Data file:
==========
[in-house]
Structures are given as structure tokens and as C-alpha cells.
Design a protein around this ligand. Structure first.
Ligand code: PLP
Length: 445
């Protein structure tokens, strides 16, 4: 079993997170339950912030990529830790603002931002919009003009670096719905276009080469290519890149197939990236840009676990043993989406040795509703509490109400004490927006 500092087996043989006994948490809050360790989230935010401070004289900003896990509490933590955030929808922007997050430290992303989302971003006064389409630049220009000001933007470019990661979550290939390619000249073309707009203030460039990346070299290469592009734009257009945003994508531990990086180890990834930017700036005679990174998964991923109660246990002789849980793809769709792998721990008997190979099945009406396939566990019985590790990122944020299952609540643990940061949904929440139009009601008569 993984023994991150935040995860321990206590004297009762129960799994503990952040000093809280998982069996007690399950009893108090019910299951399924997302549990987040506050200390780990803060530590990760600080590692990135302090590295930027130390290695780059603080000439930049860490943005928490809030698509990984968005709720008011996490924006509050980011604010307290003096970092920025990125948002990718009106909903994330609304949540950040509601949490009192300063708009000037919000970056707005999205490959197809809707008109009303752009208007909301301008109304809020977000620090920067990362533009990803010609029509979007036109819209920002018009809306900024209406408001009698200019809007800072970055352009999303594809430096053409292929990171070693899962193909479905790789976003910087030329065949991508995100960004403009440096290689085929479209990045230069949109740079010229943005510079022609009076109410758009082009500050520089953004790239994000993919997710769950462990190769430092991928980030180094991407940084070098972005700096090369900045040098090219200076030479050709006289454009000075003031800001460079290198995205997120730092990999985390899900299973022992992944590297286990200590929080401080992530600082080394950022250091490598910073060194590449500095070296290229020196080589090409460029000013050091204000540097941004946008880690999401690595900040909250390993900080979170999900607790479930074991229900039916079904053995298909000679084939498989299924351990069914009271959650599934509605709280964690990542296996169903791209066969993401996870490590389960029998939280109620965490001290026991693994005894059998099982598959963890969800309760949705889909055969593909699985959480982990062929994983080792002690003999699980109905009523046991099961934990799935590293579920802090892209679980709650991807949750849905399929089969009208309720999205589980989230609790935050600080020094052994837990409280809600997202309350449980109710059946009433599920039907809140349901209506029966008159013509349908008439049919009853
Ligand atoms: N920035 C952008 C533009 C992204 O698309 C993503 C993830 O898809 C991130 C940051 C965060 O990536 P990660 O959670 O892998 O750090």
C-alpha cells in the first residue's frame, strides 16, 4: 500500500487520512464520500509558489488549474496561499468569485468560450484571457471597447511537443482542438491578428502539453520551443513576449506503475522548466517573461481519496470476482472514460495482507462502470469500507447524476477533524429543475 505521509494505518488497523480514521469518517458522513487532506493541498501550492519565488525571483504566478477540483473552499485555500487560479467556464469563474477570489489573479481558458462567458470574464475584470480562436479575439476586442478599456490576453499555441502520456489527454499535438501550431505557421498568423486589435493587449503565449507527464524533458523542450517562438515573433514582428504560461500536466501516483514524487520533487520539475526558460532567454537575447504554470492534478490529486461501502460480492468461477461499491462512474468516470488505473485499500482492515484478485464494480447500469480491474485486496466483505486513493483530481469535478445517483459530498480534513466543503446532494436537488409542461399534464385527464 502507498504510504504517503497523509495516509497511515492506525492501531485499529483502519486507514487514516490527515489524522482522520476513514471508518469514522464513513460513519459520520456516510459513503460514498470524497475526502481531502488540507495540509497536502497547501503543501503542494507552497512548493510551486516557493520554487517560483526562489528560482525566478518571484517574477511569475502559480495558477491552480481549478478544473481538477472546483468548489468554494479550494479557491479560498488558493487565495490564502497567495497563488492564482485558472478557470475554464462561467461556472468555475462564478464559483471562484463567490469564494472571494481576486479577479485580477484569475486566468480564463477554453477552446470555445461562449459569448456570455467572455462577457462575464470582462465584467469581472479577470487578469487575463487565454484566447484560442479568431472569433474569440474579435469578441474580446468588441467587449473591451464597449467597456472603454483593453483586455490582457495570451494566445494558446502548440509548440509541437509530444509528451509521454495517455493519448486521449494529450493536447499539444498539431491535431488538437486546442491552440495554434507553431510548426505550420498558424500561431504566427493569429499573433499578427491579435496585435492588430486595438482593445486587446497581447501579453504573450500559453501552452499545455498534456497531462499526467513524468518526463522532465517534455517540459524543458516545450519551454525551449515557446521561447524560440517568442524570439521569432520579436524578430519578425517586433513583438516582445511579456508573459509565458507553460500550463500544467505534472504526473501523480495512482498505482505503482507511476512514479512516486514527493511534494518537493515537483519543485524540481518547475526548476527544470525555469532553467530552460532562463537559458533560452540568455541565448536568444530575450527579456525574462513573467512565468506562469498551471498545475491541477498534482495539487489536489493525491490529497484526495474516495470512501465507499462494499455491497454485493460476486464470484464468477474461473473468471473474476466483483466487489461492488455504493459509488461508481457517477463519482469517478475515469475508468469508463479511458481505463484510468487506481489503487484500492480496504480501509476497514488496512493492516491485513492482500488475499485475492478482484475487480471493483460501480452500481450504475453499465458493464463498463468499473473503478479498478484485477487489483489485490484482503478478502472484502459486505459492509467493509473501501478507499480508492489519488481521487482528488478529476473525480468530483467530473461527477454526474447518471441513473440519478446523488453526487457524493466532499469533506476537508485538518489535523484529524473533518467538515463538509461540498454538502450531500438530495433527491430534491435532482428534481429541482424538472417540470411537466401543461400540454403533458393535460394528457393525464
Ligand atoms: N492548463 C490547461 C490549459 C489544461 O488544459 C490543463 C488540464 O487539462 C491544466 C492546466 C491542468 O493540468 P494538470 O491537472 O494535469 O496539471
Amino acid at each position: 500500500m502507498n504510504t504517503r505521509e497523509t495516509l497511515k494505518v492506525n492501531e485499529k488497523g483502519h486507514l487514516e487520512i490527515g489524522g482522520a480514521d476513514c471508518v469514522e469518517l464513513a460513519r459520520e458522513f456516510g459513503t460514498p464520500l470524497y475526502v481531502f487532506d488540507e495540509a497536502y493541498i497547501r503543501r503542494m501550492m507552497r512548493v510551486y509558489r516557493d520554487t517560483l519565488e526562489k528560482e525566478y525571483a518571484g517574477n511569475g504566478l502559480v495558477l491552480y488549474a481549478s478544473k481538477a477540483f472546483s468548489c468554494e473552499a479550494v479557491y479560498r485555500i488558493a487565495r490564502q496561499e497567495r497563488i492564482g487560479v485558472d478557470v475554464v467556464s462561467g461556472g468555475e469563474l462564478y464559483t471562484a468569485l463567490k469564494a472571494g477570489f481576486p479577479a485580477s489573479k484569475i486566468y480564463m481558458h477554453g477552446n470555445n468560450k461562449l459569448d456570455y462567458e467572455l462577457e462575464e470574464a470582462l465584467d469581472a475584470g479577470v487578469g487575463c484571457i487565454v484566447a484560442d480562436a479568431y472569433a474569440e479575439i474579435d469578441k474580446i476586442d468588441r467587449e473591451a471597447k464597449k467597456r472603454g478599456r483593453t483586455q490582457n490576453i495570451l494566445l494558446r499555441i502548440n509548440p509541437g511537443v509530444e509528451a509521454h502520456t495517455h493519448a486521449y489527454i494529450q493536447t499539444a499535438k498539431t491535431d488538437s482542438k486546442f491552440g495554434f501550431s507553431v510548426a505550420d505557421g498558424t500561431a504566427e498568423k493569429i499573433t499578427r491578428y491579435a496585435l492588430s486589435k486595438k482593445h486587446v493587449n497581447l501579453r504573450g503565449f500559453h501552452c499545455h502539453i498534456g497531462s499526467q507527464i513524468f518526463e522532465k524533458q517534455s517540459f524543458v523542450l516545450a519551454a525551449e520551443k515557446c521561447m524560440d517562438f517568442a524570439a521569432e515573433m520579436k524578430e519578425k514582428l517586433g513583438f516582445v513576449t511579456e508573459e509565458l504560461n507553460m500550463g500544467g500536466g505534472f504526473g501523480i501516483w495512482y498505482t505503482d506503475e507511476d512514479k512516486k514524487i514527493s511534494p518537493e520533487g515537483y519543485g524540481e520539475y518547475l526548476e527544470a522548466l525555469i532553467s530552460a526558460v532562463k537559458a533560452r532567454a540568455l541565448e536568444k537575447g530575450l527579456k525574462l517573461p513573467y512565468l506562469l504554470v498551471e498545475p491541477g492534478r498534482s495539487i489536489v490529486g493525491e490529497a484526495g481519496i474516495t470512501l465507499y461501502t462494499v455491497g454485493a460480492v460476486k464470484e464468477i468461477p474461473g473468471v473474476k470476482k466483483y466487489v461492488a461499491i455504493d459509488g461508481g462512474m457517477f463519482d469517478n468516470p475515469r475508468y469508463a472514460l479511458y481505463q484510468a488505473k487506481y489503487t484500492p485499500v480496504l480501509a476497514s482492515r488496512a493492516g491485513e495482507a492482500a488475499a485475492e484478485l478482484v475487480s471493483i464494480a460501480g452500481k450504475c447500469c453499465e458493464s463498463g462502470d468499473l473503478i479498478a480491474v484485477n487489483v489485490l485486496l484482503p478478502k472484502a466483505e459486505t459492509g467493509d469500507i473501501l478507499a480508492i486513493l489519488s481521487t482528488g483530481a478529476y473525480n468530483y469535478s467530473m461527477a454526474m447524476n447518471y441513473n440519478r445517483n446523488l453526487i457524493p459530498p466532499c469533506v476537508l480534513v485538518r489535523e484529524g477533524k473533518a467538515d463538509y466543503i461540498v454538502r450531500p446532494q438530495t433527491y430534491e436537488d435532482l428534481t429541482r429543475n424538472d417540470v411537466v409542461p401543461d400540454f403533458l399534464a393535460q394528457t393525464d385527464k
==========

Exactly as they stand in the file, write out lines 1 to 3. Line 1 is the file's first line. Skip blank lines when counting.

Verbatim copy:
[in-house]
Structures are given as structure tokens and as C-alpha cells.
Design a protein around this ligand. Structure first.